Frederick Muhlenberg, US Congress

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Frederick Augustus Conrad Muhlenberg

Also Known As: "Frederick Augustus Muhlenberg"
Birthplace: Trappe, Montgomery, Pennsylvania, USA
Death: Died in Lancaster, Lancaster, Pennsylvania, USA
Place of Burial: Woodward Hill Cemetery Lancaster Lancaster County Pennsylvania
Immediate Family:

Son of Heinrich Melchior Muhlenberg and Anna Maria Muhlenberg
Husband of Anna Catherine Catherine Muhlenberg
Father of Maria Catherine Hiester
Brother of Gen. Peter Muhlenberg (Cont. Army), U.S. Senator; Eve Elizabeth Shulze; Margaret Henrietta Kunze; Gotthilf Muhlenberg, Botanist; Mary Catherine Muhlenberg and 6 others

Occupation: First Speaker of The House of Representatives and first signer of The Bill of Rights (USA)
Managed by: Paul Douglas Van Dillen
Last Updated:

About Frederick Muhlenberg, US Congress

Frederick Muhlenberg

Frederick Augustus Conrad Muhlenberg (January 1, 1750 – June 4, 1801), was an American minister and politician who was the first Speaker of the United States House of Representatives. A delegate and a member of the U.S. House of Representatives from Pennsylvania and a Lutheran pastor by profession, Muhlenberg was born in Trappe, Pennsylvania.

According to an urban legend, Muhlenberg as House Speaker prevented German from becoming the official language of the United States.

Early life and ministerial career

Frederick Muhlenberg was the son of Henry Muhlenberg, an immigrant from Germany and considered the founder of the Lutheran Church in America. His brother, Peter, was a General in the Continental Army. Muhlenberg was born in Trappe, Pennsylvania.

He attended the University of Halle, Germany, where he studied theology, and was ordained by the Pennsylvania Ministerium as a minister of the Lutheran Church on October 25, 1770. He preached in Stouchsburg, Pennsylvania, and Lebanon, Pennsylvania, from 1770 - 1774, and in New York City from 1774 - 1776. When the British entered New York at the onset of the American Revolutionary War, he felt obliged to leave, and returned to Trappe. He moved to New Hanover Township, Pennsylvania, and was pastor there and in Oley and New Goshenhoppen until August 1779.

Political career

Muhlenberg was a member of the Continental Congress in 1779 and 1780, and served in the Pennsylvania House of Representatives from 1780 to 1783 and was elected its speaker on November 3, 1780. He was a delegate to and president of the State constitutional convention in 1787 called to ratify the Federal Constitution. He was the first signer of the Bill of Rights.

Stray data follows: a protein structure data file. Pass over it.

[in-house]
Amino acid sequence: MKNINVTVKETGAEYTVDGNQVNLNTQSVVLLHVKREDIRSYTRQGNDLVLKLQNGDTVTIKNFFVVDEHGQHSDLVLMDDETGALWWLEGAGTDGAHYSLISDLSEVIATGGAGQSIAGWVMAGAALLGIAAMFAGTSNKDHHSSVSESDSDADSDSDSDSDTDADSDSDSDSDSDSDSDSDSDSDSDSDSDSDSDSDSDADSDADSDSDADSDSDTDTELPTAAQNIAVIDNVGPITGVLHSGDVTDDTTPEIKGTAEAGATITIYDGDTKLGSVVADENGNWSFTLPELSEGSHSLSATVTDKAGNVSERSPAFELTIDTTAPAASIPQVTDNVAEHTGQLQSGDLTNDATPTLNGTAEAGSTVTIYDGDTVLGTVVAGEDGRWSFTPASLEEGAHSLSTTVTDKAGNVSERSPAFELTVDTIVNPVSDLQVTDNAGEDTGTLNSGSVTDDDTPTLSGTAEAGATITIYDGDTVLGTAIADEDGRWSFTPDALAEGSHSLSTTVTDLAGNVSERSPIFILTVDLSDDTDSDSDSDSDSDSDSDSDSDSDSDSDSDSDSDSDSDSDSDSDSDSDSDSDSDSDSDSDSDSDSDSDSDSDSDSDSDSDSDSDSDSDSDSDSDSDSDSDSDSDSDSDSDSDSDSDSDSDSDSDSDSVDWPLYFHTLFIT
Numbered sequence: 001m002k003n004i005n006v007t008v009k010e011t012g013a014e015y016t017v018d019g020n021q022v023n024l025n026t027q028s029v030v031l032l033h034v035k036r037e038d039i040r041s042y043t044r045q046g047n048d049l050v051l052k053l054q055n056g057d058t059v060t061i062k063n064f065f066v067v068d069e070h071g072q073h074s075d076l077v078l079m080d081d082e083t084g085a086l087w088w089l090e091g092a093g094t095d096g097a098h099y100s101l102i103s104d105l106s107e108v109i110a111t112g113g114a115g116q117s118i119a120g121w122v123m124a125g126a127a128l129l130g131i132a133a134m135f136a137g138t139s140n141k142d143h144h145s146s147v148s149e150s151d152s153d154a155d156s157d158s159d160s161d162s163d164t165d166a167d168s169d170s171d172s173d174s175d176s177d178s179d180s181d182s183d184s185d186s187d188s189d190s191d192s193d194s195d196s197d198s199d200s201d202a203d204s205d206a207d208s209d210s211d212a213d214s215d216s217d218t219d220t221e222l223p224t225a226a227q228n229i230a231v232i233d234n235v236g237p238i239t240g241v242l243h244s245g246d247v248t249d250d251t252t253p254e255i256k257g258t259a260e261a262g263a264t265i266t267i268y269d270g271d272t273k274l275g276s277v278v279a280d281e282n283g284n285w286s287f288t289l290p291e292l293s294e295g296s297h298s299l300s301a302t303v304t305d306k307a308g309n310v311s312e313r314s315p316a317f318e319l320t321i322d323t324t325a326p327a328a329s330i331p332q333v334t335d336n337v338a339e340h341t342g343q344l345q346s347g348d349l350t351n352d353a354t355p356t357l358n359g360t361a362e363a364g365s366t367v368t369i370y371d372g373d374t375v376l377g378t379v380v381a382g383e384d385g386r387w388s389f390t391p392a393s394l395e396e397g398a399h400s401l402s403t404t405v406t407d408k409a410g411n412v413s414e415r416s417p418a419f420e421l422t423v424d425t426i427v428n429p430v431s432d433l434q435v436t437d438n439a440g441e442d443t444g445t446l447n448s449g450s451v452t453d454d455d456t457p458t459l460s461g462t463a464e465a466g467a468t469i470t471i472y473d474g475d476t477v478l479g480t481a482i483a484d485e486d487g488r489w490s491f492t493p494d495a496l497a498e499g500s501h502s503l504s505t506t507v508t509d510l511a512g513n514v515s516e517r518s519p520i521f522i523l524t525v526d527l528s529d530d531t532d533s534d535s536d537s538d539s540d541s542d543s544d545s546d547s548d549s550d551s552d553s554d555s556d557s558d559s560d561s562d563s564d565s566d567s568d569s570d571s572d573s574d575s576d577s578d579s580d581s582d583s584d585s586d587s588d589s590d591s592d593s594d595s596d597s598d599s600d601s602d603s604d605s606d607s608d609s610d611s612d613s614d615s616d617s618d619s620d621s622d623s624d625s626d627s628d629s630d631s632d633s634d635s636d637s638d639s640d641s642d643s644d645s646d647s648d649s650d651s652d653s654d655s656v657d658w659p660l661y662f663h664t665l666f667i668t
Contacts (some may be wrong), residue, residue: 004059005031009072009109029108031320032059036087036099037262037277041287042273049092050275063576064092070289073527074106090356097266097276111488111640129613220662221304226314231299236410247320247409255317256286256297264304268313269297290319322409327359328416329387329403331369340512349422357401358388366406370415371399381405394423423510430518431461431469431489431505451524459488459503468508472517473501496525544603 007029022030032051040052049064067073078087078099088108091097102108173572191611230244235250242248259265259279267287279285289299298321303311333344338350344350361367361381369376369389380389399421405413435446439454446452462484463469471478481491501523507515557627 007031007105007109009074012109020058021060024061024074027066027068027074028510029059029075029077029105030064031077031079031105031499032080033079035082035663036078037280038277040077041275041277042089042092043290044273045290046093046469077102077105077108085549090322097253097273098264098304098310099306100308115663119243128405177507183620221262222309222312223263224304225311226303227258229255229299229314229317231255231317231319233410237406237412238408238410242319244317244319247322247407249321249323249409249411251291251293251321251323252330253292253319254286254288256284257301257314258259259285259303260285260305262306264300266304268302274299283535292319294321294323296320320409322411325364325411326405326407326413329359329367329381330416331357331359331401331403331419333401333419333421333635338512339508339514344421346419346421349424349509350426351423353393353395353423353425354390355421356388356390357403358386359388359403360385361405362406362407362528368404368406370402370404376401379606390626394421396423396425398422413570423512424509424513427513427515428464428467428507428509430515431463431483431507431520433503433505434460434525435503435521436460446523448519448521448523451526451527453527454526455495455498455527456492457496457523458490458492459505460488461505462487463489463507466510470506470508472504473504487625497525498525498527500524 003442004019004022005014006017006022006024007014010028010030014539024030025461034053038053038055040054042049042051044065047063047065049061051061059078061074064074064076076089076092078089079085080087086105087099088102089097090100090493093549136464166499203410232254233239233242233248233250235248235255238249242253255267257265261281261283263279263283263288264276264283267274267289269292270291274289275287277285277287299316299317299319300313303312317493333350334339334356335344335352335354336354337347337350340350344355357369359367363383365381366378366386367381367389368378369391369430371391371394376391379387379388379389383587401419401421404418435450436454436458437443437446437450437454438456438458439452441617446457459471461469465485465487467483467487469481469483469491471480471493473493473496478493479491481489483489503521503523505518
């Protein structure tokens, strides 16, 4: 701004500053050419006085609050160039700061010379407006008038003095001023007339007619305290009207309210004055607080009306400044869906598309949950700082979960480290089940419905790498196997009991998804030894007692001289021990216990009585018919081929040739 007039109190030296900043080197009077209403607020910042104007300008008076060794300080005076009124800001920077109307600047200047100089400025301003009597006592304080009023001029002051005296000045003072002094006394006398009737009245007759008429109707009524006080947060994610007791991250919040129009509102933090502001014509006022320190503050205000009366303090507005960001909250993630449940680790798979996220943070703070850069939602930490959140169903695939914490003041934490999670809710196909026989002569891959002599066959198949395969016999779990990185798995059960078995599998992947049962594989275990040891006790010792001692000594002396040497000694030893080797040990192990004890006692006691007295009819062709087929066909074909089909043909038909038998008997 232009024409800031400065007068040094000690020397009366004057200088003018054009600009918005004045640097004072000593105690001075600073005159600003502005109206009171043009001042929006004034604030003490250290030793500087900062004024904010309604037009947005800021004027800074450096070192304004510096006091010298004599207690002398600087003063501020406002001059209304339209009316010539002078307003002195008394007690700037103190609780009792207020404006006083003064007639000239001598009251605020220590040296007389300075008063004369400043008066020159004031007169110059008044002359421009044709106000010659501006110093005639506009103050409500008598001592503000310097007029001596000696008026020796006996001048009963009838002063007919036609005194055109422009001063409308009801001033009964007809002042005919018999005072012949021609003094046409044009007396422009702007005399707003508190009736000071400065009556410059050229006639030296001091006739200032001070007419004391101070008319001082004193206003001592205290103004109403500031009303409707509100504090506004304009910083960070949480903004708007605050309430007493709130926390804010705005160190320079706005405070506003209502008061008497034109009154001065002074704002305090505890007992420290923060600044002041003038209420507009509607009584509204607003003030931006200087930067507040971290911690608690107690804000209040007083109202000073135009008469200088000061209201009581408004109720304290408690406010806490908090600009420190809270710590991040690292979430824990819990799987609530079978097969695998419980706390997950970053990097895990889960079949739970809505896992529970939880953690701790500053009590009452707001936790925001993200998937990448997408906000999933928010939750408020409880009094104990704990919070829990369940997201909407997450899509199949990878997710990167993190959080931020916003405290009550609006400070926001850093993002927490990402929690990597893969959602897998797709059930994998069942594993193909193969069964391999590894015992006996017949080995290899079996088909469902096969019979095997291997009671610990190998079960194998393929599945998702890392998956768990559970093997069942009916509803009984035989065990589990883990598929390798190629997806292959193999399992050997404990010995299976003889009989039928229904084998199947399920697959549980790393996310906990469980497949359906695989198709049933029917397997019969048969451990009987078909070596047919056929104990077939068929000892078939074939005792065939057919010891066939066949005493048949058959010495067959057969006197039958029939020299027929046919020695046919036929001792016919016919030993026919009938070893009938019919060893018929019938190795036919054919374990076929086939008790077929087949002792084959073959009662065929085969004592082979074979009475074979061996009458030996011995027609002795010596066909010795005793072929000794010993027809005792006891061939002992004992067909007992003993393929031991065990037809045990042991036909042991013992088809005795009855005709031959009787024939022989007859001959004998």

Elected to the First and to the three succeeding Congresses (March 4, 1789–March 4, 1797), Muhlenberg was the Speaker of the United States House of Representatives for the First Congress (1789-1791) and Third Congress (1793-1795). He did not seek renomination in 1796.

In 1794, during Muhlenberg's second tenure as speaker, the House voted 42-41 against a proposal to translate some of laws into German. Muhlenberg, who himself abstained from the vote, commented later, "the faster the Germans become Americans, the better it will be." Despite not even voting for the bill, an urban legend called the Muhlenberg legend was started, stating that he was responsible for not letting German become an official language of the United States.

He also according to another urban legend suggested that the title of the President of the United States should be "Mr. President" instead of "High Mightiness" or "His Elected Majesty".

Muhlenberg was also president of the council of censors of Pennsylvania, and was appointed receiver general of the Pennsylvania Land Office on January 8, 1800, and served until his death in Lancaster, Pennsylvania, on June 4, 1801. He was interred in Woodward Hill Cemetery there. After his death, the Township of Muhlenberg, Pennsylvania, was named for him.

In World War II the United States liberty ship SS F. A. C. Muhlenberg was named in his honor.

The first Speaker of the House of Representatives, Frederick A.C. Muhlenberg of Pennsylvania —died in Lancaster, Pennsylvania. From a distinguished Pennsylvania Lutheran family, Muhlenberg was educated in Germany, and became a Lutheran minister in 1770. Several factors favored his election on April 1, 1789, as House Speaker. First, he had practical experience as the presiding officer of the Pennsylvania legislature. Second, the selection of Muhlenberg was something of a political compromise that powerfully symbolized sectional balance for the new republic: President George Washington of Virginia, was a southerner; Vice President John Adams of Massachusetts, was a New Englander; and Speaker Muhlenberg was from the Mid-Atlantic. Third, Muhlenberg’s physical bearing also conveyed dignity and authority. Columbian Magazine observed that his “rubicund complexion and oval face, hair full powdered, tamboured satin vest of ample dimensions, dark blue coat with gilt buttons, and a sonorous voice, all corresponding in appearance and sound with his magnificent name.” He was the first signer of the Bill of Rights. Frederick Muhlenberg was the son of Heinrich Melchior Mühlenberg, an immigrant from Germany and considered the founder of the Lutheran Church in America. His brother, Peter, was a General in the Continental Army and his brother Gotthilf Heinrich Ernst was a botanist. Muhlenberg was born in Trappe, Pennsylvania.On October 15, 1771, he married Catherine Schaeffer, the daughter of wealthy Philadelphia sugar refiner David Schaeffer. They had seven children.

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Frederick Muhlenberg, US Congress's Timeline

January 1, 1750
Trappe, Montgomery, Pennsylvania, USA
Age 24
June 4, 1801
Age 51
Lancaster, Lancaster, Pennsylvania, USA
Woodward Hill Cemetery Lancaster Lancaster County Pennsylvania